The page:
I reluctantly presented a controversial thought I suspected Bobby and Carl would not appreciate. "Consider this fascinating postulation - - Consciousness-Is-God.”
Bobby was horrified. I pointed out that the 'Consciousness-Is-God' theory should not be seen as anti-established religion. On the contrary, it could be seen as a possible basic philosophy of all religions.
Carl mocked, “Saying we are Consciousness is harmless speculation. Saying we are God sounds egotistical and dangerous.”
I reminded that the theory makes a clear distinction between Consciousness versus ego, which is part of the physical world we are in. Consciousness is also called ‘Attention.’ ‘Awareness,’ ‘Knower,’ ‘Perceiver,’ ‘I AM.’”
Bobby quoted his prophet, "I AM the way." Steve quipped, “Perhaps he actually said, ‘I AM is the way.’” Bobby scowled.
I tested their tolerance for further ideas with ‘Consciousness-Is-Life.’ No one responded to that one.
Is the Consciousness-Is-God theory blasphemous to any religion? Contrarily, it might be a common philosophy of all religious beliefs. That would help address the cause of so many of the world's problems.
Steve and Marlee visited Bee and me in Hawaii. Bee has a good grasp of English now, and wonders why all the fuss about our ‘exercises.’ She constantly expresses joy and laughing, so ‘why the big deal?’ For us, coming from a materialistic culture, this is a big deal. We thanked Bee for being, in large part, the inspiration for our inquiries.
Bee is quite content running my farm which I gave to her. Steve, Marlee and I got into often humorous debates about our new, intriguing ideas.
If we indeed live in both the conscious and material universes, is there a hierarchy of dimensions or vibration levels between them? Are there sentient beings in other dimensions? Are we also in other dimensions simultaneously? We wondered how Consciousness physicalized. Is individually trapped? Is evolution ‘influenced?’ Does ‘free will’ have a goal?
We wondered how the material world began. And about the first ‘individualizations.’ The concept of Karma became prominent in our discussions. Can we ‘see’ and change the future? Steve and I expressed in humorous detail what we would do if we had the ability to choose our future. "That probably is why we cannot," I said. Marlee recalled the myth of Sisyphus.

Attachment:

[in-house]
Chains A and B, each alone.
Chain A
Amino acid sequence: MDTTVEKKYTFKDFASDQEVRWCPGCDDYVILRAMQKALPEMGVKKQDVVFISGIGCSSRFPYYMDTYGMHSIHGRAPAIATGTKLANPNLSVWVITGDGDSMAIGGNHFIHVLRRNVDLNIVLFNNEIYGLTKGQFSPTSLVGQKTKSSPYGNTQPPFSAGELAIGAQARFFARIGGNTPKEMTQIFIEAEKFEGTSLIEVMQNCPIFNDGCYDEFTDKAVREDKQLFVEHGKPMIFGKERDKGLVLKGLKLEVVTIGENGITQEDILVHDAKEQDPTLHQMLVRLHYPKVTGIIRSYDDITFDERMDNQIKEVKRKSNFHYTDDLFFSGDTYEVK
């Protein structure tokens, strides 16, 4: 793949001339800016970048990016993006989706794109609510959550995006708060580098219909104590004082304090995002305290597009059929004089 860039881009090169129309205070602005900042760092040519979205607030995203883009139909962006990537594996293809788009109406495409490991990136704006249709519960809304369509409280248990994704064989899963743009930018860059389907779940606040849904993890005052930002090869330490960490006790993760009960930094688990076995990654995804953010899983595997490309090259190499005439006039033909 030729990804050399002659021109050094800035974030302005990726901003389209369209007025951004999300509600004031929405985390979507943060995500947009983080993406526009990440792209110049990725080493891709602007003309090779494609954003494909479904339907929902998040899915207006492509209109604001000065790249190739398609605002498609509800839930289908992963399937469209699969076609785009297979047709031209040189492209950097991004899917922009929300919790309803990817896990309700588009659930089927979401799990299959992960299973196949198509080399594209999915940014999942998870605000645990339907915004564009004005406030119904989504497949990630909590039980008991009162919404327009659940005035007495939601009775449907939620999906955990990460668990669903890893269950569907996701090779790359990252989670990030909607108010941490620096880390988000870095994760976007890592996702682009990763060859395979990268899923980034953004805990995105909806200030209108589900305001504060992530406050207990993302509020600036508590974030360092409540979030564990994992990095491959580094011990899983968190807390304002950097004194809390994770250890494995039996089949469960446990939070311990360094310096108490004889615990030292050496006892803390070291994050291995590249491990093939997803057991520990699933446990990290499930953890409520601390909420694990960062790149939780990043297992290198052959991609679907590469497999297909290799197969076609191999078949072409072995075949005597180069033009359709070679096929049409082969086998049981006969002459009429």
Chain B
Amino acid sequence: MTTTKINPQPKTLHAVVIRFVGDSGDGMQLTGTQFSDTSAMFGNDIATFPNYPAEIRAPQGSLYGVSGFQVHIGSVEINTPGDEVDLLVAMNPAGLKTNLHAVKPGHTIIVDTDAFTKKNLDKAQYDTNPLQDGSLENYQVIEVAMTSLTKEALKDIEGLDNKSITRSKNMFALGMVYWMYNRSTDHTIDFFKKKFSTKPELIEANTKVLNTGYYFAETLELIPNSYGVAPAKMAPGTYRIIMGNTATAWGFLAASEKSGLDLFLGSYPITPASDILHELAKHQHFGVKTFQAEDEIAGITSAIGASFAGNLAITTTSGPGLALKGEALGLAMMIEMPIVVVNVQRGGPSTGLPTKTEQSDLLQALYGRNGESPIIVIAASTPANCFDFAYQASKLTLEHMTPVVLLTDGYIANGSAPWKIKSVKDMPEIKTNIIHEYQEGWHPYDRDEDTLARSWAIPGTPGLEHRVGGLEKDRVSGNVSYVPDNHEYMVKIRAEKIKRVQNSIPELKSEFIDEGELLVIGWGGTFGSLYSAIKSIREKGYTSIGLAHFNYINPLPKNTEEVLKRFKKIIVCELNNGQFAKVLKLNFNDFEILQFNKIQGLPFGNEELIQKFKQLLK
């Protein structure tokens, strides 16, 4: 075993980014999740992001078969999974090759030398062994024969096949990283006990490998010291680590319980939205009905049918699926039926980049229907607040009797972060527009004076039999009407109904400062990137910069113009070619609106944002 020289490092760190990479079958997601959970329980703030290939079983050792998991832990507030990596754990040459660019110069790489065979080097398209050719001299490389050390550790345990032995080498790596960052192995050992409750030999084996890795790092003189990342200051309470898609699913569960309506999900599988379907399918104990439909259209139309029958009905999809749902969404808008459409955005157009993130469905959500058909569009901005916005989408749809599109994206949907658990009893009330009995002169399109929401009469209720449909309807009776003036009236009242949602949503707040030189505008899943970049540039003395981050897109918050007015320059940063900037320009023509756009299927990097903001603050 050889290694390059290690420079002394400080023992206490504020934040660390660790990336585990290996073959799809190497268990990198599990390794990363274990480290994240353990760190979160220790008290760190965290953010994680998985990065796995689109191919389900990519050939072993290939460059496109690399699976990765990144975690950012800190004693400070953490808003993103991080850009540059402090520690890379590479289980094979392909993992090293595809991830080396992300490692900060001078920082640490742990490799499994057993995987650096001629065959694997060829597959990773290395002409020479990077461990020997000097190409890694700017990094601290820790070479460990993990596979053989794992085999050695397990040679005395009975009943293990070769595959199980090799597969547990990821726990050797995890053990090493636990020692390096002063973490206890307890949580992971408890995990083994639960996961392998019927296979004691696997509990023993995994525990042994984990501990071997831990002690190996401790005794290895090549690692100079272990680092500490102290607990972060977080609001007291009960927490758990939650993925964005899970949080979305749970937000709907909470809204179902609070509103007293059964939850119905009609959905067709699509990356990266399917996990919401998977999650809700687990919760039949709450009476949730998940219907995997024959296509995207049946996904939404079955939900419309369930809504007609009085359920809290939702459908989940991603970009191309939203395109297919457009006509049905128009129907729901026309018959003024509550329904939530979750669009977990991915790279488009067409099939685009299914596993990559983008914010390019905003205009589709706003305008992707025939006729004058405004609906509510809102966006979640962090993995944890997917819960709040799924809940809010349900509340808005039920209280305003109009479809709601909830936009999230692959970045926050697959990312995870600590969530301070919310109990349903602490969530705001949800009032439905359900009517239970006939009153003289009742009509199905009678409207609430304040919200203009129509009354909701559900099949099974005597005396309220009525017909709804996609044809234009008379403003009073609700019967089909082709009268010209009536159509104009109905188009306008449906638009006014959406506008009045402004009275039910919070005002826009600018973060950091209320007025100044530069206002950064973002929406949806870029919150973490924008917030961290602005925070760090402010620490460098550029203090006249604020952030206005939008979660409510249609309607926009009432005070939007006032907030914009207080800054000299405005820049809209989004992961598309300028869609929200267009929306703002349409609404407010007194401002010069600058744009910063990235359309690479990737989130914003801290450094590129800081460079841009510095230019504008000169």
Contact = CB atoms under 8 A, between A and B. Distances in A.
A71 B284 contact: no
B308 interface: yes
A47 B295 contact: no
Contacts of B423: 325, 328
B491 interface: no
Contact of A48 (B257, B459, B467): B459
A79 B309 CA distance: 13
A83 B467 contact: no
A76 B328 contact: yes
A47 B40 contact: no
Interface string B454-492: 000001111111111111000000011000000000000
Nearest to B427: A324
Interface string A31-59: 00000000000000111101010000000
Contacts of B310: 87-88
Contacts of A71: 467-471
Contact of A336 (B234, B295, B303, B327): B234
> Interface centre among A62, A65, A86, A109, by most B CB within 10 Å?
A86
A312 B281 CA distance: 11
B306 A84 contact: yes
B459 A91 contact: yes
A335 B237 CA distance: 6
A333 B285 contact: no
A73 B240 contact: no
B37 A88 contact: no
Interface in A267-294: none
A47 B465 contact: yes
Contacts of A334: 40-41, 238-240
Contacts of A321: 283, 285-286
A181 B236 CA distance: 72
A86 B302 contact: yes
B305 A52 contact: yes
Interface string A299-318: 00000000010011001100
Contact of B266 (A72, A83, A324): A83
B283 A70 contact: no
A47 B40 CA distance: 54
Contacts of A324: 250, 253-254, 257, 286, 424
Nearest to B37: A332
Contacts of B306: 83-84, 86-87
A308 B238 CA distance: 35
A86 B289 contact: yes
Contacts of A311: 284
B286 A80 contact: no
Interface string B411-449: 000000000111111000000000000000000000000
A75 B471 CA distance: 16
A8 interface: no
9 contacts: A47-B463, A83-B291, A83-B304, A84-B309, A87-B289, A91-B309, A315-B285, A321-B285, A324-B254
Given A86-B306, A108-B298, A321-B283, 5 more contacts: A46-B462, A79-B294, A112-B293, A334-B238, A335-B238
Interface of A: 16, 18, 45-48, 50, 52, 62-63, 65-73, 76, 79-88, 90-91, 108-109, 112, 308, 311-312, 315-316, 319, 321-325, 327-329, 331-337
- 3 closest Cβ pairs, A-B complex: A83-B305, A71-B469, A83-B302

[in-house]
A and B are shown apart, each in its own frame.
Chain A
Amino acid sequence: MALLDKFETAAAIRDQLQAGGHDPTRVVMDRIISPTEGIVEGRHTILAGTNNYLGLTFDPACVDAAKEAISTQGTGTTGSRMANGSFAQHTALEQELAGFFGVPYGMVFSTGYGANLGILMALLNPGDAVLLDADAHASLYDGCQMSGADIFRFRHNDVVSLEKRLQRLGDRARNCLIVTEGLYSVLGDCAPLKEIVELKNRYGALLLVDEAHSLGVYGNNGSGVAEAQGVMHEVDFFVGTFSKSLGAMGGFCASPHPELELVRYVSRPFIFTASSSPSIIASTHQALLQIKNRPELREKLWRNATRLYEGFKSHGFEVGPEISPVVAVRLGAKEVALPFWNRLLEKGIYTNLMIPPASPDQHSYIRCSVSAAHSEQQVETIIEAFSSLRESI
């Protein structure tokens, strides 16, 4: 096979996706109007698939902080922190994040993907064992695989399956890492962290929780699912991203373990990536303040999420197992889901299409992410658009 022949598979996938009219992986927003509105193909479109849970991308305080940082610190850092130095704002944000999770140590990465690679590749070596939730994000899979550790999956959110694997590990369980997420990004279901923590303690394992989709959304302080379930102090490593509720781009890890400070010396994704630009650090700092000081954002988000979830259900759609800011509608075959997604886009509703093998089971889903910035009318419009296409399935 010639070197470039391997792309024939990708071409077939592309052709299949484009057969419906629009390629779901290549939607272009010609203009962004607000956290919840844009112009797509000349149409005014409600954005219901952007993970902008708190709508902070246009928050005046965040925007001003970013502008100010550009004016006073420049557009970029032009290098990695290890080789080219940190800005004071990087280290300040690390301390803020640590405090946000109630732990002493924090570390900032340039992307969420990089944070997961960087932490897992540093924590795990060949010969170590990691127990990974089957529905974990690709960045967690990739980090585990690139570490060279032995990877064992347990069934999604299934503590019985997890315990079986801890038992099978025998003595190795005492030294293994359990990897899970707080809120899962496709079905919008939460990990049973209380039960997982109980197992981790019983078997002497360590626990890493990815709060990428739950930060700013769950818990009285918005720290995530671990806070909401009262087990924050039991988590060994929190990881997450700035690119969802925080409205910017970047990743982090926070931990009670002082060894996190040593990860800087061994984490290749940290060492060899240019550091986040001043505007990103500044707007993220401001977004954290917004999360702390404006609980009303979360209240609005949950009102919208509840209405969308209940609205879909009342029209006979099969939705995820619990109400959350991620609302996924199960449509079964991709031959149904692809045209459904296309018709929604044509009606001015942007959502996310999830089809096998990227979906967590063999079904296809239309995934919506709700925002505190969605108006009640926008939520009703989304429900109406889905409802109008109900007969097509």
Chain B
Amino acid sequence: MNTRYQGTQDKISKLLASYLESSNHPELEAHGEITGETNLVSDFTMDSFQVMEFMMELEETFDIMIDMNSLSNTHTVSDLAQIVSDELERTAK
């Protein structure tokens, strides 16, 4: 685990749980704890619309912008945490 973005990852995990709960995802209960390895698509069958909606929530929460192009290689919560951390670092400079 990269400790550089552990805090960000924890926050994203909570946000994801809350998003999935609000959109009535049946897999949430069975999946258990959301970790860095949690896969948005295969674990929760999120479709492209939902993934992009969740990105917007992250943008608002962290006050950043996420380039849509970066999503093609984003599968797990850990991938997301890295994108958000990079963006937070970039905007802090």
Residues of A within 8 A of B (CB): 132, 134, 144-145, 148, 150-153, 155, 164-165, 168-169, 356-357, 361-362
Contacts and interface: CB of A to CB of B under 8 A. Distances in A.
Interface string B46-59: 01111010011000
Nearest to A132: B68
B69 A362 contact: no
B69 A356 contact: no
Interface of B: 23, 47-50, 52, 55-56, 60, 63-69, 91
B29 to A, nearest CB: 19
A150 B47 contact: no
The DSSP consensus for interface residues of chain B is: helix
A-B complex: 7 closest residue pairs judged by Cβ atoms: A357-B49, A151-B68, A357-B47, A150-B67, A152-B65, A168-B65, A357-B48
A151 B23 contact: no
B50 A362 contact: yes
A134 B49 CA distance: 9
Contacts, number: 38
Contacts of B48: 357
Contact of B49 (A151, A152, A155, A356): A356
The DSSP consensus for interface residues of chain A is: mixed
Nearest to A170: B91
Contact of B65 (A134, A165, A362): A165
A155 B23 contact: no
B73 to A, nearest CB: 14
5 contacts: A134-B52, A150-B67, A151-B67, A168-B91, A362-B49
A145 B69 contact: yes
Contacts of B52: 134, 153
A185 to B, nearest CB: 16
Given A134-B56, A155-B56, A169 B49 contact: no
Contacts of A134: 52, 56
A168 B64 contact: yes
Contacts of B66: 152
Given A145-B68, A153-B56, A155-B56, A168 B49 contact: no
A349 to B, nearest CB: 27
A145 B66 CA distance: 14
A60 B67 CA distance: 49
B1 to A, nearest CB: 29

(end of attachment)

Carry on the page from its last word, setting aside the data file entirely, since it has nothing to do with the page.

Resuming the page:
Steve is thinking of ways to test if Consciousness could affect objects or events in the physical world. Could a collective of individual viewpoints improve the possibility? Profound if successful. Being a man of action, I would not be surprised if he showed such a cause / effect relationship.
Marlee paraphrased, "There are far more things in heaven and earth than are dreamt of in our philosophies."
Our discussions often came back to the contrast of individual and universal. We agreed that it would be worthwhile to examine this relationship in a fourth exercise we called our LIFE LINE exercise. Each of us approached it in different ways.
Carl believes humans are physical units within a grand machine. He thinks such a LIFE LINE exercise will examine the history of physical events evolving to humans. A time line.
I believe we are each individual viewpoints of universal viewpoint. Individual Consciousness of universal Consciousness. My approach to the LIFE LINE exercise is experiencing a resonation between individual and universal. If I forget how to do the exercise, remembering the feeling of hilarity somehow reminds me.
Steve said the exercise is teaching him how to put attention on attention itself. “Can’t get more existential than that.”
Bobby’s LIFE LINE is prayer.
Will we realize there is hierarchy of dimensions between individual and universal? Are we in multiple dimensions? Will we learn new abilities? What will we do with the ‘spark of Consciousness?’
Bobby asked that this chapter be included in The Happiest Man in Babylon.
There are two parts to Darwin's ‘Theory of Evolution:’ 1. Survival of the fittest, 2. Generation of new species.
There is no doubt that the 'survival of the fittest' part of Darwin's Theory is correct. Those organisms which are the strongest or best adapted to their environment have the best chance of survival. The proof is seen though time.
But Bobby believes that the second part of Darwin's Theory, the 'generation of new species,' is incorrect. Darwin postulated that new species are generated by random mutations of genes which results in evolution. “Modern science continues to embrace this hypothesis, despite factual evidence which refutes it.”
According to Bobby, “Mathematicians and geneticists should be first to point out the impossibility of Darwin's 'generation of new species' postulation. Simply, the time required by a process of 'chance gene mutation' to produce the myriad of life forms and intricate systems we see is far insufficient. The math is just not there.”